How To Help Your New Cat Settle In

How To Help Your New Cat Settle In
How To Help Your New Cat Settle In
Follow these tips to help your new cat feel right at home!

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First things first—congratulations on your new addition! We've put together some easy to implement steps to help your new cat settle right in.

At the very outset, help your new cat feel as safe as possible by transporting her in a comfortable, secure carrier such as the transformative Sleepypod (sleepypod.com), a cozy pet bed, carrier, pet car seat all in one.

Next, have your cat’s room ready. A little-used guest room or home office makes for a perfect, quiet zone in which your new cat can acclimate. In advance, outfit the room for your new cat. You’ll need food and water dishes—note that many cats prefer their food and water dishes be separated as, in between meals, they prefer not to smell food while drinking—as well as a litter box, which should be placed away from the food and water dishes (cats, like most animals, don’t like to eliminate where they eat and drink) and situated with a view to the door to help her feel safe when doing her business. Some toys, a scratching/climbing post, and a cozy spot to curl up in round out the must-haves.

If you have other pets, keep them separate for now. For the first few days, your cat may hide when you enter the room. That’s okay. Just let her do her thing.

Feed your cat a little bit multiple times a day, allowing for plenty of opportunity for positive interaction—you are the person that makes good things happen! If your new cat doesn’t come out at feeding time, just leave her food out and carry on.

Allow your cat to approach you on her own terms. Perhaps do a bit of reading in your cat’s room, or, better yet, read out loud; it helps your cat get used to your voice. Ignoring her but being in her vicinity allows her to adjust to your presence.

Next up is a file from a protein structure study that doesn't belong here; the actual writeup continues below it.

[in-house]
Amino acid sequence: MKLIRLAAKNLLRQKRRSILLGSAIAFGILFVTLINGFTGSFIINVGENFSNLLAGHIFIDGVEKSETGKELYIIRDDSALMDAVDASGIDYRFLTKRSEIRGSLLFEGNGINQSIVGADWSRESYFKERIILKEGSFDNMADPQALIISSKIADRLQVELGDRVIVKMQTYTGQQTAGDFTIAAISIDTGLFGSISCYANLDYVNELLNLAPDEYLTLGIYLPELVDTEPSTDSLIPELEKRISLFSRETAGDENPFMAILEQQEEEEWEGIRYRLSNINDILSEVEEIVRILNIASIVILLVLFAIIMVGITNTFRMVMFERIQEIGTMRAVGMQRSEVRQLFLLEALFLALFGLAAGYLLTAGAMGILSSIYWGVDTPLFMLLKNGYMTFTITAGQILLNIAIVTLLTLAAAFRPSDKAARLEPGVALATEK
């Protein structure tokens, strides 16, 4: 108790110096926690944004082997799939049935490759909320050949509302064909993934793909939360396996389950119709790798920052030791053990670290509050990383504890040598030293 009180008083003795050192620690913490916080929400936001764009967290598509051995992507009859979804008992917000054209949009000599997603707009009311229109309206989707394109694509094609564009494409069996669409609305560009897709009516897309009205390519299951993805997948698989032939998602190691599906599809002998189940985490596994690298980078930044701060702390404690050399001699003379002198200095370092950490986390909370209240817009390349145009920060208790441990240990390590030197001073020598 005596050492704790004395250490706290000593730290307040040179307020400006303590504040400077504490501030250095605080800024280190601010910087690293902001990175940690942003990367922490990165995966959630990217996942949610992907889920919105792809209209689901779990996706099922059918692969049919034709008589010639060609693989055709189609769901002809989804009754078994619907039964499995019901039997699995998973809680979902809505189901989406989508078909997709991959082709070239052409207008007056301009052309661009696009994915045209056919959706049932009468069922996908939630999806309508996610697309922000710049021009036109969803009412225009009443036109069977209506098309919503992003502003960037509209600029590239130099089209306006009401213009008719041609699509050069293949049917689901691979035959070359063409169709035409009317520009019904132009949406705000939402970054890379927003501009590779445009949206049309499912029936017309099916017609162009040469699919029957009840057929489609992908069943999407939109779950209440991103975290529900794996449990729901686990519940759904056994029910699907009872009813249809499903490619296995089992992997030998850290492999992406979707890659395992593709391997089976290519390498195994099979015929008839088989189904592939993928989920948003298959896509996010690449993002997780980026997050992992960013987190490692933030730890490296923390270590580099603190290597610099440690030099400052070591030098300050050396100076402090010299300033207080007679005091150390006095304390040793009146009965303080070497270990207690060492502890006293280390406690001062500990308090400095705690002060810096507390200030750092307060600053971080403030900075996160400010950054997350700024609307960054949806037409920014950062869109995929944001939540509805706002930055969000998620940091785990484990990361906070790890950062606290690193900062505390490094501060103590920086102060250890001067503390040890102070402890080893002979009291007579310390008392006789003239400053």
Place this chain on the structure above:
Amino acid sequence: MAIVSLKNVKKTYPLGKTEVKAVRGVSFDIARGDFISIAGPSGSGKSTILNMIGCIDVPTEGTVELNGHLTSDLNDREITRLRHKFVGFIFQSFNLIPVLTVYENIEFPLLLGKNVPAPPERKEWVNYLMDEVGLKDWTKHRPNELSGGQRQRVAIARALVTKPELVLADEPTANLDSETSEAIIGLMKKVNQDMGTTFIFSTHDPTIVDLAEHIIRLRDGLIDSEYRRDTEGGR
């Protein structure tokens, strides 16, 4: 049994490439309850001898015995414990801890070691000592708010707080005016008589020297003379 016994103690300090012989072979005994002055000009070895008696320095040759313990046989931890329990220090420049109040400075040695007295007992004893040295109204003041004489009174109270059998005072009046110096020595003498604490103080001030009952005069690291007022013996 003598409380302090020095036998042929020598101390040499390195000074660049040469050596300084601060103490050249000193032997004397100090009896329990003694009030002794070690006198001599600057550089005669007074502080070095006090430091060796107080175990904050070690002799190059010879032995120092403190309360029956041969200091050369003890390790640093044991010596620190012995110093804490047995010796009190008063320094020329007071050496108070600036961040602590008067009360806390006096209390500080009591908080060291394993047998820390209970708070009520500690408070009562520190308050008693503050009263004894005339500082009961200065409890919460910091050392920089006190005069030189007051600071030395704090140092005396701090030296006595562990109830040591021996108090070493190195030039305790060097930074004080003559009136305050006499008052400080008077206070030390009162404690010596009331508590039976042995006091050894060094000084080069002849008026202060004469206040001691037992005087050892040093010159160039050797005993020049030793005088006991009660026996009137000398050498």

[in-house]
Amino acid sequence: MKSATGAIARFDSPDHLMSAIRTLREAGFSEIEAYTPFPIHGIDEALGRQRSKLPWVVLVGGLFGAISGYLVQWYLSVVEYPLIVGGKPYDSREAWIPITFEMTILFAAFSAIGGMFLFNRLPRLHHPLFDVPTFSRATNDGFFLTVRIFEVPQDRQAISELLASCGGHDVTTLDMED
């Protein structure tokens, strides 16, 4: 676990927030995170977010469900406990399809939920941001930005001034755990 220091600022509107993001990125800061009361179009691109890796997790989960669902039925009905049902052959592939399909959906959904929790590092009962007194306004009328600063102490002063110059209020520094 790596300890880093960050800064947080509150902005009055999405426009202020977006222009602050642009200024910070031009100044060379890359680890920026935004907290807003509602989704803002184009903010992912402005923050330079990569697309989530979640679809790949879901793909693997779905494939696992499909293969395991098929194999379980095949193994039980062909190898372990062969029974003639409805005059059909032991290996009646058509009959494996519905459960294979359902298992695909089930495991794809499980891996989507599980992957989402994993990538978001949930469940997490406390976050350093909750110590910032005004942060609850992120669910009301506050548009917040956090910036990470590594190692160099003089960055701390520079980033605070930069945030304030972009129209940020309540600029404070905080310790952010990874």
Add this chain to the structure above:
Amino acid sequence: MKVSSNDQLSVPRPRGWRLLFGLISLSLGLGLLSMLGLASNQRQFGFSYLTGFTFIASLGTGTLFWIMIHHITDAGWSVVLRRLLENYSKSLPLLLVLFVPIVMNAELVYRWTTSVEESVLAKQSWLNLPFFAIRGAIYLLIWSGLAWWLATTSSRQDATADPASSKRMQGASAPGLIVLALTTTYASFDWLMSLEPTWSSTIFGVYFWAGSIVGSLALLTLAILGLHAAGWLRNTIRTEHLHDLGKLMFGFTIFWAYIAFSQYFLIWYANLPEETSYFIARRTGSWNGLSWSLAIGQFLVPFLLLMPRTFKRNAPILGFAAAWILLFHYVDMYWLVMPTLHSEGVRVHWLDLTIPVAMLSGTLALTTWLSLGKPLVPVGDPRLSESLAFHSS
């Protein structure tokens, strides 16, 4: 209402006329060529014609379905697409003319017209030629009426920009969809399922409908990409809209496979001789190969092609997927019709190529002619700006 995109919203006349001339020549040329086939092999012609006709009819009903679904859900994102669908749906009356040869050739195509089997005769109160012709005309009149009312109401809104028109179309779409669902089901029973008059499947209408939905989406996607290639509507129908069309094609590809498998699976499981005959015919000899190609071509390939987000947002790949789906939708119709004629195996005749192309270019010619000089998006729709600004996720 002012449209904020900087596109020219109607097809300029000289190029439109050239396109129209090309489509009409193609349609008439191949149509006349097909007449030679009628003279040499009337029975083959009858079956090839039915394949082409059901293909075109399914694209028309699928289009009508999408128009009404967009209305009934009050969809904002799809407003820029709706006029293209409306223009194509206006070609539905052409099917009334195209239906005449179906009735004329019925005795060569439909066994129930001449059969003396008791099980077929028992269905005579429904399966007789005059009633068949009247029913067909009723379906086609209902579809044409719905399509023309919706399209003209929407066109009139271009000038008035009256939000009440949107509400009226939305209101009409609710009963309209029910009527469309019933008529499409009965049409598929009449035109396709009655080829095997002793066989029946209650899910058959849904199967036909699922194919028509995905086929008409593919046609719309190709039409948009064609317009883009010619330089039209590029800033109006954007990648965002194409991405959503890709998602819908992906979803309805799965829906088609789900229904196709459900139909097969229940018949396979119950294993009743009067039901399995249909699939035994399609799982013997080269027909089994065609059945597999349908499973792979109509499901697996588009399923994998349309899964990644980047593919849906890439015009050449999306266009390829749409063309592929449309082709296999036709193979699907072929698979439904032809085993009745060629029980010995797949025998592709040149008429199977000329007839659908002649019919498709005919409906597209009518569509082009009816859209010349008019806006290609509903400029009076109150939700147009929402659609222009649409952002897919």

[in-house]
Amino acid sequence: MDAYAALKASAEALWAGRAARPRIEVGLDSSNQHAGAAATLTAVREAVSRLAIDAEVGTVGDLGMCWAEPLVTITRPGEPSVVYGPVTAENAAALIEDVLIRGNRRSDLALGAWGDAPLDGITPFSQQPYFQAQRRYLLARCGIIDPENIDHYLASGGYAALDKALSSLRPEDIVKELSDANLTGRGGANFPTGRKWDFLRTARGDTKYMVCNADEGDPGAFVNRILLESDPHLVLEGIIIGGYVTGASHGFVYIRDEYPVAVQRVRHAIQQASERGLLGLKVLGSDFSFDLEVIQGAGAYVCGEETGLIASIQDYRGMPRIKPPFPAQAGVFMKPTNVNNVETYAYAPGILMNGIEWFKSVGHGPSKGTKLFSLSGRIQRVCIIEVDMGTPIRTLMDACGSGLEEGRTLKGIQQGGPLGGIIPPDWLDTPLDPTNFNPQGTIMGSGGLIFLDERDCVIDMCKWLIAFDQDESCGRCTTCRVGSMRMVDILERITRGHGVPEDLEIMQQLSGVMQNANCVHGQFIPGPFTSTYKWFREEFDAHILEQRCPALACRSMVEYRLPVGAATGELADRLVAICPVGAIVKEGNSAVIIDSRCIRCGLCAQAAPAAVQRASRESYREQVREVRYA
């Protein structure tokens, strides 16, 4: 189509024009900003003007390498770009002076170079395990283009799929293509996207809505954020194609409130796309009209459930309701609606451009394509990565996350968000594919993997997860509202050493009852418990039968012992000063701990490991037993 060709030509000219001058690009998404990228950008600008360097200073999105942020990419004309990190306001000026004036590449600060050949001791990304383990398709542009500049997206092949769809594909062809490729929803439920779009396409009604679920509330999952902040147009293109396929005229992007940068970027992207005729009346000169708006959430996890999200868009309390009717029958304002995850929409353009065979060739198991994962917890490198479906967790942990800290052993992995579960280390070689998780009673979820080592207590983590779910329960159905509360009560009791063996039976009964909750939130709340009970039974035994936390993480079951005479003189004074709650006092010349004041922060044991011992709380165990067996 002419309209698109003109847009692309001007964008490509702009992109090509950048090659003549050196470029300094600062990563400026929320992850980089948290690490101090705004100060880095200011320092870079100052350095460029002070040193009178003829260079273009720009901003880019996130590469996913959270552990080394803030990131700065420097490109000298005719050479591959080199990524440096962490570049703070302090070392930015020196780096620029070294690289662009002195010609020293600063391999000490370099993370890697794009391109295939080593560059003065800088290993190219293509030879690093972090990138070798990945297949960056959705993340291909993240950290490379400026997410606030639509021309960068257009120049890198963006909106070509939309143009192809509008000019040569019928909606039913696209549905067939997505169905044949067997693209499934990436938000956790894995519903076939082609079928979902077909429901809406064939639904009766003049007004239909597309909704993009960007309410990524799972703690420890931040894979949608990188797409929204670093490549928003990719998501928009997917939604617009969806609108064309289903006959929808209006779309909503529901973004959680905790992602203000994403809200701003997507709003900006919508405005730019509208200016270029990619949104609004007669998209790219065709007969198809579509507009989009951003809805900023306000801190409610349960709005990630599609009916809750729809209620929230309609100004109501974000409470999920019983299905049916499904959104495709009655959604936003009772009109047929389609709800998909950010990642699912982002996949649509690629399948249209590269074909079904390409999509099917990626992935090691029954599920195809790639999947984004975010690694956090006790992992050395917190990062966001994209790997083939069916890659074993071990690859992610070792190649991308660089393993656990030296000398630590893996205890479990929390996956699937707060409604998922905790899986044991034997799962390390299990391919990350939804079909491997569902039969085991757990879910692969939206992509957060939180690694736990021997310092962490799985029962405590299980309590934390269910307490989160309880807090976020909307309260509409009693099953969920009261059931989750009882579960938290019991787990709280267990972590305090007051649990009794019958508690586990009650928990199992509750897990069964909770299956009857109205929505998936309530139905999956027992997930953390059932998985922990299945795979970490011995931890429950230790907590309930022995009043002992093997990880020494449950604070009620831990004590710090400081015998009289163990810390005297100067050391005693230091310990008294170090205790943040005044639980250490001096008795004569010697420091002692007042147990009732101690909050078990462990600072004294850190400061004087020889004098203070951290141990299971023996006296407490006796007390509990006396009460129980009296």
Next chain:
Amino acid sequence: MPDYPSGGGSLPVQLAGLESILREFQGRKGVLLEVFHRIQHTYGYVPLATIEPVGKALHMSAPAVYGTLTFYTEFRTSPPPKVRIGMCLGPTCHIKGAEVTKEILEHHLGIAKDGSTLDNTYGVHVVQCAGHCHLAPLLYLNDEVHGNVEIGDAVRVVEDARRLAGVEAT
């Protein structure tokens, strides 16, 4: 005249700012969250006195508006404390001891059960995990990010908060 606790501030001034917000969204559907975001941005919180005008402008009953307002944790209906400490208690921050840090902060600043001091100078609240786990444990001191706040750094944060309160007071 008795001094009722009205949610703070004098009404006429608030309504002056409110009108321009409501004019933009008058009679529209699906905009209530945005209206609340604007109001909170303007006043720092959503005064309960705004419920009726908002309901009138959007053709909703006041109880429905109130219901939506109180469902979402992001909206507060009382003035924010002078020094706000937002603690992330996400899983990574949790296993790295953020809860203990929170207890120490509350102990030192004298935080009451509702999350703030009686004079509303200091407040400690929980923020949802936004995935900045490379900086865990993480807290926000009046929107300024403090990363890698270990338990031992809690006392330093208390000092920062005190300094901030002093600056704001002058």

When you’re ready to introduce your other pets, use a baby gate to allow slow, safe integration—that way they can see/smell each other but each have their own space in which to get used to the idea of the other.

If you have another cat, mimic allogrooming, which is the co-grooming bonded cats engage in, by using the same brush on both cats. First brush one cat, then, using the same brush (don’t remove any of the cat hair in it), groom your new cat in order to create a group scent that will facilitate friendship and happy, chill vibes.

Help your new cat relax with a Feliway diffuser or spray (feliway.com). It helps comfort and reassure cats by mimicking the natural feline facial pheromone that happy cats use to mark their territory as safe and familiar.

Most of all, allow your new cat the time and space she needs to feel comfortable approaching you and your family/other pets on her own terms.

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